Do you have a polymath in any of your classes? A what?? A polymath is defined as a very learned person with encyclopedic knowledge. A polymath is a person who thinks, explores, and experiments to become an expert in many fields. These are the kind of people who treasure lifelong learning (and people you definitely don’t want to go up against in Jeopardy!). I know I don’t quite fit into this group of experts, although I wish I could say I do. To create a thinker of this caliber is the ultimate goal of many educators.
In an ideal world, students would have an insatiable hunger to learn about the world around them. Teachers would simply be there to guide their learning and provide the resources students need to fulfill their curiosity. The study of art could lead to learning about science. Inquisitiveness could lead to new inventions and discoveries. Unfortunately, it doesn’t always work that way, and it is up to parents and educators to bring the love of learning and exploring new idea to their students so they will have the desire to continue fulfilling their curiosities throughout their lives.
There have been some great renaissance men and women throughout history, and Leonardo da Vinci is a perfect example whose life has been prominent in recent books and movies. Thinking about successful historical figures like da Vinci made me wonder what we can do as teachers to inspire students to embrace learning enough to become well rounded and learned like these people. After all, according to Leon Battista Alberti, “A man can do all things if he will.” How can we encourage this will to do new things?
Although studying the life and learning of da Vinci in your classroom probably won’t create a classroom full of polymaths or renaissance students, it might inspire students to think about the amazing things they could do with their lives. It can also serve as a great theme to tie together lessons from fields including art, science, and math. A perfect example of studying a variety of fields under the umbrella of one theme can be found in the yearly studies and competitions of Academic Decathlon teams. I’ll discuss that more in future columns, but it’s an idea to look into if you work with high school kids.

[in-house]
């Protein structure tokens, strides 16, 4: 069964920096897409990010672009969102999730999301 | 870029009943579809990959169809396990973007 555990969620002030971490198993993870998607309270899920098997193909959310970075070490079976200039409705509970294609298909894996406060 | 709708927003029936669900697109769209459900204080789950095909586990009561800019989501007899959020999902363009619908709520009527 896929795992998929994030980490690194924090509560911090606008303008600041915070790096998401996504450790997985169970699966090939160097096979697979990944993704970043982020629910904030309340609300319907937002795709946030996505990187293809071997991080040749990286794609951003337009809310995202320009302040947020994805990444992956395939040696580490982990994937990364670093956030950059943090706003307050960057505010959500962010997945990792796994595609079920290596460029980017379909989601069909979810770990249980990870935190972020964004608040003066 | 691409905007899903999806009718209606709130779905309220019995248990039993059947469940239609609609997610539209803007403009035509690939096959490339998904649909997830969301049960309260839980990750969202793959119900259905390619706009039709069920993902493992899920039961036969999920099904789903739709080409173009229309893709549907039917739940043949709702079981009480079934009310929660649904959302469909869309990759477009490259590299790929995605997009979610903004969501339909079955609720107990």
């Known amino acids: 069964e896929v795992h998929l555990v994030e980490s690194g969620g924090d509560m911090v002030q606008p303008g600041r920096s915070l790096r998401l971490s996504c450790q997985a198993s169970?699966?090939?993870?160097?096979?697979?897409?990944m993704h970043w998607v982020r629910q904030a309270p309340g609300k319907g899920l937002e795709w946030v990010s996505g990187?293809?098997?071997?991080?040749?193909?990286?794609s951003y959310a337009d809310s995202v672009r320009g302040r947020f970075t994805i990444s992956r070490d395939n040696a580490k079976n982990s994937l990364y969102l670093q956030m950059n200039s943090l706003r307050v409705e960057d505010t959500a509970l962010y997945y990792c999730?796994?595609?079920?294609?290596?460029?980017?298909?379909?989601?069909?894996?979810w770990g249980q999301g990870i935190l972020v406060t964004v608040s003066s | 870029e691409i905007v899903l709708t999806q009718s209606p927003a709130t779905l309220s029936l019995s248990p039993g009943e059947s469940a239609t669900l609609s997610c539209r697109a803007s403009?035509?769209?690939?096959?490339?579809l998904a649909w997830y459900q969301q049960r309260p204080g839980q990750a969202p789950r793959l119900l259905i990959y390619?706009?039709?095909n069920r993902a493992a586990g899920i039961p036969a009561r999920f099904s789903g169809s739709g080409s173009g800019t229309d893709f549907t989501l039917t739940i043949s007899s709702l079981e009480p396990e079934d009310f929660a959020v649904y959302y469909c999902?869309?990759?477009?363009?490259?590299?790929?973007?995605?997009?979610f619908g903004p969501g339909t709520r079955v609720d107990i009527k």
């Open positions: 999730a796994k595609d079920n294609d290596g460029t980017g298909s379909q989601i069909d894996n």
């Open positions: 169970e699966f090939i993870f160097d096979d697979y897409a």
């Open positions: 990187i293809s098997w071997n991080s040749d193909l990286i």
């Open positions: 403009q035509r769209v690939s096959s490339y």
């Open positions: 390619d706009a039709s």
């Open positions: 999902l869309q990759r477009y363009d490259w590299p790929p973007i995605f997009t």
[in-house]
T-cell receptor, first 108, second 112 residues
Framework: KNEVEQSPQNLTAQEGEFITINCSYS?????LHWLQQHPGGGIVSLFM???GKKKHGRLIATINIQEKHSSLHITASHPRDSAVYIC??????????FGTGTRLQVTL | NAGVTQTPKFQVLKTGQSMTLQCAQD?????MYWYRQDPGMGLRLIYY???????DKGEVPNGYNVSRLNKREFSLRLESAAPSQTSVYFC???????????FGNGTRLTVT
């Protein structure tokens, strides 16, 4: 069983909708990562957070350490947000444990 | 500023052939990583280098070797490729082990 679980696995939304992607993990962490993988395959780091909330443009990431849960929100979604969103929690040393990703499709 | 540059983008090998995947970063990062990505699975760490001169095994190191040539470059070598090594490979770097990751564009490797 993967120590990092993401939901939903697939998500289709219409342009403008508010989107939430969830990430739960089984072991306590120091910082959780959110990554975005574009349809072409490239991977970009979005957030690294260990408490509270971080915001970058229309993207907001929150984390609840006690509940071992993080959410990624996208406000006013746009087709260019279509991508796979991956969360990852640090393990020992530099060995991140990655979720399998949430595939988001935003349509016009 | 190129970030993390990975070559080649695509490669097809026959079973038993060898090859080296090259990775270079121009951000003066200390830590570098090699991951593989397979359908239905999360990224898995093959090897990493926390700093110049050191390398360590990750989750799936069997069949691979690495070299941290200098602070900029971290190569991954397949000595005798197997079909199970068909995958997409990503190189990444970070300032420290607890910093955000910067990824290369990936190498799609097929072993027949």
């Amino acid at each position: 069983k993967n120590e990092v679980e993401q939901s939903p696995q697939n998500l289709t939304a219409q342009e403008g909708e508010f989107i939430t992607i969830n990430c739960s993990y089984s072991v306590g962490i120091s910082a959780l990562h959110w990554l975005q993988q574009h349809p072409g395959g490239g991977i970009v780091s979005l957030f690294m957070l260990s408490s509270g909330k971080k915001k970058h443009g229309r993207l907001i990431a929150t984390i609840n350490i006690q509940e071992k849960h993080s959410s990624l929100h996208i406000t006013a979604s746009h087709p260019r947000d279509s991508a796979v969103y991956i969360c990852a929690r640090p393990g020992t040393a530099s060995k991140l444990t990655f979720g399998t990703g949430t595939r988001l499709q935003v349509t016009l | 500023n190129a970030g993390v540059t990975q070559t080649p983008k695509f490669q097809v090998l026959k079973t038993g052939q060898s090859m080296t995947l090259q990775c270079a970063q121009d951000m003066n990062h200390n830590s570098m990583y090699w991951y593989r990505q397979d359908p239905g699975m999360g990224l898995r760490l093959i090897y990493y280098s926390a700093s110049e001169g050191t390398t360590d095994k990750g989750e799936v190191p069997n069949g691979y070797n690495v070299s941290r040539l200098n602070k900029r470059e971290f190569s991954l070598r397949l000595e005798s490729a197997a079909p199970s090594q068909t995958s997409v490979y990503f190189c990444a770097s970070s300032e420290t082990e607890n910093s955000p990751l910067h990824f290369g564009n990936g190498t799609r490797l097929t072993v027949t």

Math might seem a lot more interesting to students when it is presented within the theme of Leonardo da Vinci’s artwork. Drawing in perspective can be a lot more relevant to students when they can see how it has been done throughout history. There are a lot of well-made lessons on The Gateway to help you bring Leonardo da Vinci and his discoveries and studies into your classroom. The Boston Museum of Science did a wonderful job creating a science-based approach to studying the life and times of da Vinci. Browse through their site to see some ideas for incorporating this theme into your teaching. The lessons were designed for 4th through 8th grade students, but are adaptable to many levels. Here is a sample of what the Museum of Science has to offer:
Inventor’s Toolbox: An interactive site to explore the elements of simple machines with a game using three simple machines. This activity can be done online or as a classroom activity
Using Leonardo’s Window: A lesson in creating proper perspective in a drawing using a Renaissance technique of drawing a scene on a glass window.
How Far? How Small? A measurement activity where students measure the change of the apparent size of an object as it moves away from them.
Leonardo: Right to Left : An activity for students to experiment with writing in reverse.
~Peggy's Corner - February 4, 2010~